Theory of social contract

Response to the Question Hobbes theory of Social Contract ratifies the condition in which individuals give up their individual liberties, in exchange for a common security. In this theory, no limits exist to the natural rights to liberty. Through the social contract, people are able to transfer their mutual rights.
According to Hobbes, individuals sacrifice their liberty to the Leviathan because the society in which people are born into has laws and convection that are already in place (Baumgold, 53). Additionally, the society has widespread civilization and organisation with individuals upholding societal norms. Folks have no option but to adhere to the existing limited conventions and laws instead of exploiting their natural unlimited rights.
The application of Hobbes’ ideas in the modern society is apt. Its application is important due to many reasons. First, the societies’ population grows rapidly, and there is a need to avail stronger societal norms that can hold people together. Laws are vital in ensuring that the large population of the world coexists in peace. Secondly, the world of today embraces capitalism, which leaves a larger part of the world population grieving in poverty. Without proper policies such as property rights, the poor population can trespass into the property of the rich people.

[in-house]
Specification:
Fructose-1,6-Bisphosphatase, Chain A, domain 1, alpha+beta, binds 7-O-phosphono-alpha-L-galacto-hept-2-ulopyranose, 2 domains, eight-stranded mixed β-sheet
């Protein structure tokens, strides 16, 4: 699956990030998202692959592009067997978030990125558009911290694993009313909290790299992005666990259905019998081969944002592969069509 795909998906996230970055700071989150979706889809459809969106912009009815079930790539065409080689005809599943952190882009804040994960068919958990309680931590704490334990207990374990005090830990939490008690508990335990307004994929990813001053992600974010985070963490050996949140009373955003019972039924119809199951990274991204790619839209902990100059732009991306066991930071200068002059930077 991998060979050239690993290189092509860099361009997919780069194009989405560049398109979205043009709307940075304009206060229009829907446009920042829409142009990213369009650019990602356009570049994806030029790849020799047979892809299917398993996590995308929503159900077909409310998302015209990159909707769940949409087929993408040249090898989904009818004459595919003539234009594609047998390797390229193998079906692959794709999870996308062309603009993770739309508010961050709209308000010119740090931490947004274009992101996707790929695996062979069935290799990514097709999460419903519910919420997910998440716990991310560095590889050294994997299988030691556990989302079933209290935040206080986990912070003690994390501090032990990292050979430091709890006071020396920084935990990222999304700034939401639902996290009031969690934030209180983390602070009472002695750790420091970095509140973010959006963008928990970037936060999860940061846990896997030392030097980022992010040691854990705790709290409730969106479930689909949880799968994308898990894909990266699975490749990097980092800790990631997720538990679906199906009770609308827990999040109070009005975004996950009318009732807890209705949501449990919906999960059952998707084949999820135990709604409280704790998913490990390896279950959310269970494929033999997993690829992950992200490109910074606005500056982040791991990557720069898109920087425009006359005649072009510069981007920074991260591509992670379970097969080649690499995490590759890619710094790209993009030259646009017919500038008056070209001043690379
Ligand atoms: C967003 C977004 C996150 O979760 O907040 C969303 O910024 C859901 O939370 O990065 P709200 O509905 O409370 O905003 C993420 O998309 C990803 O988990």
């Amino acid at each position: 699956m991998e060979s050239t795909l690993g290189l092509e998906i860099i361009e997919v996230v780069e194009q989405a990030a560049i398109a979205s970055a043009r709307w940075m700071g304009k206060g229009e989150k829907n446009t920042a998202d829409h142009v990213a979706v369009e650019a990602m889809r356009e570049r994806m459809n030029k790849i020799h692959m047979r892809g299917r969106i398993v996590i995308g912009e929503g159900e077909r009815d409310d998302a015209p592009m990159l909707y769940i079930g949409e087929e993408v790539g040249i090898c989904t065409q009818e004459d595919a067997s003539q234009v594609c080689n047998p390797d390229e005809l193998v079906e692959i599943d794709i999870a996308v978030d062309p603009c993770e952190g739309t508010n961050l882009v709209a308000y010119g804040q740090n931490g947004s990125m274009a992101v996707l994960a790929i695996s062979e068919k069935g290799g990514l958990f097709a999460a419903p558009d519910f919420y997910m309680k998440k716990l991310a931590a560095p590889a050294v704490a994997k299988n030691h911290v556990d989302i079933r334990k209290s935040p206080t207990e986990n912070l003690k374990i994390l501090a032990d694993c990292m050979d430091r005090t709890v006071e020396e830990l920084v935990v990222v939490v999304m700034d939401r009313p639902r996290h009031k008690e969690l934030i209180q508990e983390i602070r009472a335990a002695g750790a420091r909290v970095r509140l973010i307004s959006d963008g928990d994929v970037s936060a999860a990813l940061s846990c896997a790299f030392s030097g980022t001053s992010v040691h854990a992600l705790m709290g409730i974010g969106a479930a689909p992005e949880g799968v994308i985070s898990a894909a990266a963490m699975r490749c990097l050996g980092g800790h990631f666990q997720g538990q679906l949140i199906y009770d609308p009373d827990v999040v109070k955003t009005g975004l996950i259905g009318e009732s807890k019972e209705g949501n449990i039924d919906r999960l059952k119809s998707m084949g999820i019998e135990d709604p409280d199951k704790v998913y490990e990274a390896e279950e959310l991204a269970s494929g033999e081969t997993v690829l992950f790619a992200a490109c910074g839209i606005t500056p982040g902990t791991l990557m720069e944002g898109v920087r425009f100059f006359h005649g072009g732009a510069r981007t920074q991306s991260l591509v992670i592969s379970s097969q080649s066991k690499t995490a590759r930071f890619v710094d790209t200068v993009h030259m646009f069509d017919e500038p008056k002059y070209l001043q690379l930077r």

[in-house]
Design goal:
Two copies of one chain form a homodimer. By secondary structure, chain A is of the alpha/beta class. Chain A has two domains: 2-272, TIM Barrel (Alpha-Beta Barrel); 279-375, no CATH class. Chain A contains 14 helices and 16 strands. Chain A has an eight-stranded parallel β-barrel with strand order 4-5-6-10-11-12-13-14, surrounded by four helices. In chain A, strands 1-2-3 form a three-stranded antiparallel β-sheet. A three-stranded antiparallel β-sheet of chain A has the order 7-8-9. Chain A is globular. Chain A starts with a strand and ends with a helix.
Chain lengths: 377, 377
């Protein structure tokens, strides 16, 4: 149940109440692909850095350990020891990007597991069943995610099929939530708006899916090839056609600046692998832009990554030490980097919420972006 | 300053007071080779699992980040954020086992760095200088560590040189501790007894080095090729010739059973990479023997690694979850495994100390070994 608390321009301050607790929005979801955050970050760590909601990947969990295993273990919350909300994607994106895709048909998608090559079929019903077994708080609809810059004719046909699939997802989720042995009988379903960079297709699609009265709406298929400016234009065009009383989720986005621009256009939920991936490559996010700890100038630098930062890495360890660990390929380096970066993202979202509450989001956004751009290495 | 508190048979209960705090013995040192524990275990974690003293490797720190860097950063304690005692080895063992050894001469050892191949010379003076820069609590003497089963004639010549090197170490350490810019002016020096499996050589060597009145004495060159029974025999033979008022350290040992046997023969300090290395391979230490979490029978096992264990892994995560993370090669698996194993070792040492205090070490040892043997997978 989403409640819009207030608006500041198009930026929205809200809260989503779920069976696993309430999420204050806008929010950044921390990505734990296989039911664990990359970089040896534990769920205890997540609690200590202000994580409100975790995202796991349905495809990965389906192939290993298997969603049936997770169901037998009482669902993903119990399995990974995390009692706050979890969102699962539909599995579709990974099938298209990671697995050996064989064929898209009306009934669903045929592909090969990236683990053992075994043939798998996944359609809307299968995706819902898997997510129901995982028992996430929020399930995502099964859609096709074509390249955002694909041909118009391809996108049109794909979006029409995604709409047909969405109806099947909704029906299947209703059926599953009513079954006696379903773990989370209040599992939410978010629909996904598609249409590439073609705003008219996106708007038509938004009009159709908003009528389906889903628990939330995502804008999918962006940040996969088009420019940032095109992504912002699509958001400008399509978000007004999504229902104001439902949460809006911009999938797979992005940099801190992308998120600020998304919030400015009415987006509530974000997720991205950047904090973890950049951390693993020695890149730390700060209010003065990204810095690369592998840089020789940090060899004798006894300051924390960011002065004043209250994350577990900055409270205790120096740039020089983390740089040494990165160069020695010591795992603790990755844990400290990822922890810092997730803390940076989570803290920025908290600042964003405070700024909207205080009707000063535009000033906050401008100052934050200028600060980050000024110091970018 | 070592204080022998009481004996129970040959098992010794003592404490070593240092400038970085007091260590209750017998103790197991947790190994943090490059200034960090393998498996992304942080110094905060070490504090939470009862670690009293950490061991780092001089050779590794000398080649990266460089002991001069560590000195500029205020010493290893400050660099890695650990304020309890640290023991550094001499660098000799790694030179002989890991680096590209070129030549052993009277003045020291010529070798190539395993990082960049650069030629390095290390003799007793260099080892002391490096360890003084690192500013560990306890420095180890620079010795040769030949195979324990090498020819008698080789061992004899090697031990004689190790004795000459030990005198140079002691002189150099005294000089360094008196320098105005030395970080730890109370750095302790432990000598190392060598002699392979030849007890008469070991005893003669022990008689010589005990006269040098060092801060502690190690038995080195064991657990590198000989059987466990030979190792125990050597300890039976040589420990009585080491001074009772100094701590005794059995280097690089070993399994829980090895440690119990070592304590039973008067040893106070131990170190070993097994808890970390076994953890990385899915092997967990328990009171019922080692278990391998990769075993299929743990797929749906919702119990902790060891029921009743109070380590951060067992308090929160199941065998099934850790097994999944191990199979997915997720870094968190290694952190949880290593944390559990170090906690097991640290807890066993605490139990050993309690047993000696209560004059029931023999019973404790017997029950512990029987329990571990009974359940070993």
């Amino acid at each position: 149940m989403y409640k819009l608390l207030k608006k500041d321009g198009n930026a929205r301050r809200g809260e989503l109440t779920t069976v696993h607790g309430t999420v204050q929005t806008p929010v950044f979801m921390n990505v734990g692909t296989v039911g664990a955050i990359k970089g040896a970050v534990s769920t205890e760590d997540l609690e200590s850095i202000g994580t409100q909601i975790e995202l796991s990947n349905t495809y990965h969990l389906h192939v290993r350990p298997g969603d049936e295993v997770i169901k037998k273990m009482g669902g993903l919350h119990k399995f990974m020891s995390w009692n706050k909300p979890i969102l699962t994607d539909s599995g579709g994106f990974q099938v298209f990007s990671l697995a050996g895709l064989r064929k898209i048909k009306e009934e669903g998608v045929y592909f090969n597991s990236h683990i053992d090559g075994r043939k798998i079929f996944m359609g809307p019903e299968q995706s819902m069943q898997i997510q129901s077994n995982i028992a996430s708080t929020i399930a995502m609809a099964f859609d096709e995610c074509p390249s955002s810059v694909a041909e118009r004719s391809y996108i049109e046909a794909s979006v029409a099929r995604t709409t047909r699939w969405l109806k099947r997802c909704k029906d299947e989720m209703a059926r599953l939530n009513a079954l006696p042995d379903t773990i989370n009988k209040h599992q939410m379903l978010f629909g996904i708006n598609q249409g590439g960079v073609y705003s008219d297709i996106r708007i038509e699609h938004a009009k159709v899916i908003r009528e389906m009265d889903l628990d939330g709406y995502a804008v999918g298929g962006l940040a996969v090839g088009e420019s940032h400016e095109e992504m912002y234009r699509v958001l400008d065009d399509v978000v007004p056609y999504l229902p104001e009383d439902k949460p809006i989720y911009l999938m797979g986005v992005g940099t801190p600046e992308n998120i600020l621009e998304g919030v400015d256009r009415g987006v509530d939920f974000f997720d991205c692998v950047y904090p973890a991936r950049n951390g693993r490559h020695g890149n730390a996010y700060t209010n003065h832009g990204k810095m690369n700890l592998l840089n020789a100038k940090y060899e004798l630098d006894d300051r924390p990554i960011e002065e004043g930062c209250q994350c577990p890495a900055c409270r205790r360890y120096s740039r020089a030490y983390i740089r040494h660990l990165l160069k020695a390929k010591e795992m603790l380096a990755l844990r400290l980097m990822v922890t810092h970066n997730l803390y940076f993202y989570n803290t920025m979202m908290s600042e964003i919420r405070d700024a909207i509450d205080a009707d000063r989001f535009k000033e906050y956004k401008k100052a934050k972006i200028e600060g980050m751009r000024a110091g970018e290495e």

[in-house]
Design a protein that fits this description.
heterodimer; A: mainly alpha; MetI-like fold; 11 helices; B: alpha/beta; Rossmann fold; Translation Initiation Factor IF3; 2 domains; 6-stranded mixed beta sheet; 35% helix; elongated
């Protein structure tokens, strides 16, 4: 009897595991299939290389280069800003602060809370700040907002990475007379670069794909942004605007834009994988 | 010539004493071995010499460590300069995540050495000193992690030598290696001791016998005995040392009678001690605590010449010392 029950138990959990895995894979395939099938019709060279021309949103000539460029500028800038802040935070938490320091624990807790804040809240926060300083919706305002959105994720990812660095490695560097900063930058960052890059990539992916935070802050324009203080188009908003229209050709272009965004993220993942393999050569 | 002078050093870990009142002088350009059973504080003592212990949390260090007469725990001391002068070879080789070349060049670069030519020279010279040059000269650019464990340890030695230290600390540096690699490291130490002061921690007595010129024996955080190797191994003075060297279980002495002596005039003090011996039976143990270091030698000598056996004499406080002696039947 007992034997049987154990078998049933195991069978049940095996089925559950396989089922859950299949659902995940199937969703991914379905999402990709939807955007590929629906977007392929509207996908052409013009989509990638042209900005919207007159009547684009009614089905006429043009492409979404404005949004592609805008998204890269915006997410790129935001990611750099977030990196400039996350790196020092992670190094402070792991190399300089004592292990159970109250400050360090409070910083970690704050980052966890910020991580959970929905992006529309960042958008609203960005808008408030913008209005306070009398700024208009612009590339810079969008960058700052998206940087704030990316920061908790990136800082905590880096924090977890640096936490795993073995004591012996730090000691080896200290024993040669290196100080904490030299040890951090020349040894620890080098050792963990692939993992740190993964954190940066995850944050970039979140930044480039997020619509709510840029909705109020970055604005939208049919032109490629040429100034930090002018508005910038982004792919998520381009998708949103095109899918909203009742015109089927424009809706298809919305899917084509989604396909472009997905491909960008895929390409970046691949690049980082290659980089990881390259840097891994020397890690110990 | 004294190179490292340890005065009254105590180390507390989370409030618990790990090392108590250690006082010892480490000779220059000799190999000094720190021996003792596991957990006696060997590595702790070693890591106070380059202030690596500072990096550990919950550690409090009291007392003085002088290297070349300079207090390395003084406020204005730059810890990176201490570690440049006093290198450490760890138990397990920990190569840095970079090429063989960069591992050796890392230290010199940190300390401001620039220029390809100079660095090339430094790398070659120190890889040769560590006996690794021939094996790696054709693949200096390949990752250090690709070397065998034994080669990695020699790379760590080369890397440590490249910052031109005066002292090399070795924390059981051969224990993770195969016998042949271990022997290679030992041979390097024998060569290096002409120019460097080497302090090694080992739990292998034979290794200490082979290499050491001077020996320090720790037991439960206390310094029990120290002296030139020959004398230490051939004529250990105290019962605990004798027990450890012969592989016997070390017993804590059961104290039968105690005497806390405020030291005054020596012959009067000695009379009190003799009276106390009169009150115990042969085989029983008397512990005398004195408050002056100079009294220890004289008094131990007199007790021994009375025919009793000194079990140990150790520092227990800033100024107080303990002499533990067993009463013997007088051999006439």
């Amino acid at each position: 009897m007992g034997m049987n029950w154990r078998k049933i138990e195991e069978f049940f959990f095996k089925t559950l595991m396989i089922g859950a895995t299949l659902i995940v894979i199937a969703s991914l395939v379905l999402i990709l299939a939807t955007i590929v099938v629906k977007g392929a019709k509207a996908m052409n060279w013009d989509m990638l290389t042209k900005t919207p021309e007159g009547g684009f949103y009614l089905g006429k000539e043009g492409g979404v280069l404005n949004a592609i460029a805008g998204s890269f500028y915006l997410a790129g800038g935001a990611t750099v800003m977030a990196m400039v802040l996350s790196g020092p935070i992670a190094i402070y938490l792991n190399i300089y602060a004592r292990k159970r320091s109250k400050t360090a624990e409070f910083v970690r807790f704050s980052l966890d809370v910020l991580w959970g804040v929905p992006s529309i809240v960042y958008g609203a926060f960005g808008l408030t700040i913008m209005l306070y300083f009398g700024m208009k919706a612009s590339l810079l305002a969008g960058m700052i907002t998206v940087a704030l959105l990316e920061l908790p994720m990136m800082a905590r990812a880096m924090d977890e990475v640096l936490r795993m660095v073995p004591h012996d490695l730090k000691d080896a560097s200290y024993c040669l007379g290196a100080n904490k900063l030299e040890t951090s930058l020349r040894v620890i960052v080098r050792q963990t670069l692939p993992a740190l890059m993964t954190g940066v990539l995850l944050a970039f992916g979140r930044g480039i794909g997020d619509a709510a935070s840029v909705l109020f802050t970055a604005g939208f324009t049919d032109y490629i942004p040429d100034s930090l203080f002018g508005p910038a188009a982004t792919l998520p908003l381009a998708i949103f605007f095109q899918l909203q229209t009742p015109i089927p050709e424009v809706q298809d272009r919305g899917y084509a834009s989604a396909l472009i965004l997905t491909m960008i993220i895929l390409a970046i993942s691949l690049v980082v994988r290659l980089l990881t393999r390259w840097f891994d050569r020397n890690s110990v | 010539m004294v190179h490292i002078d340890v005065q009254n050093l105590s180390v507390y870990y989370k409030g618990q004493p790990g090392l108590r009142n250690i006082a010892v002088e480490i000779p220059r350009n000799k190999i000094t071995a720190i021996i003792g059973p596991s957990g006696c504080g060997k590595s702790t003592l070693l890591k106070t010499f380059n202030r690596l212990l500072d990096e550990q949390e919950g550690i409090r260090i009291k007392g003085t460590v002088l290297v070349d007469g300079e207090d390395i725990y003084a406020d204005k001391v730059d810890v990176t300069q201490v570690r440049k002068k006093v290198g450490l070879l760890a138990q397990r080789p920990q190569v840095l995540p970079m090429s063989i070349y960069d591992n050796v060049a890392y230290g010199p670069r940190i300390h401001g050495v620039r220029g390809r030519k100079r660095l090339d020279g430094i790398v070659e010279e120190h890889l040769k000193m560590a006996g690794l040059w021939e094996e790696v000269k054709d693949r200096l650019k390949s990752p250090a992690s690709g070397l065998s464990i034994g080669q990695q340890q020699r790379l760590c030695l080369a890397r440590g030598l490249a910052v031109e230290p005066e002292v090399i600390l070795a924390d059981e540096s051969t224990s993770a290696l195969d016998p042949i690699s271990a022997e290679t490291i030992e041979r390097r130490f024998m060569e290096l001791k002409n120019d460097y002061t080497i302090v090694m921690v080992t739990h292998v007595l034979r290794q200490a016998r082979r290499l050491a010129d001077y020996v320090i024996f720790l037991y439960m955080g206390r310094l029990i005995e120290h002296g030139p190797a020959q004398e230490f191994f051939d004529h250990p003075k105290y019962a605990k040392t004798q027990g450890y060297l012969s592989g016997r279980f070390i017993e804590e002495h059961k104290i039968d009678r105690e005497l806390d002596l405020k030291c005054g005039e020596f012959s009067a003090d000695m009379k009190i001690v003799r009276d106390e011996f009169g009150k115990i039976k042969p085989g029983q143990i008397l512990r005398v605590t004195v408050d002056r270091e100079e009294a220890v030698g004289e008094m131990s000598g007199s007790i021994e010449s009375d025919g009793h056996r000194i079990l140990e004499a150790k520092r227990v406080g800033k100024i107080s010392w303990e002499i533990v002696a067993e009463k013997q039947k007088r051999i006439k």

In conclusion, Hobbes reiterates that people tend to sacrifice their natural liberties to the Leviathan because of the pre-existing conventions and property rights that they find in the society. It is important, to reinforce such legislation in the contemporary society to ensure the maintenance of sanity and order amongst the world’s populace.
Work Cited
Baumgold, Deborah. Contract Theory in Historical Context: Essays on Grotius, Hobbes, and Locke. Leiden: Brill, 2010. Print.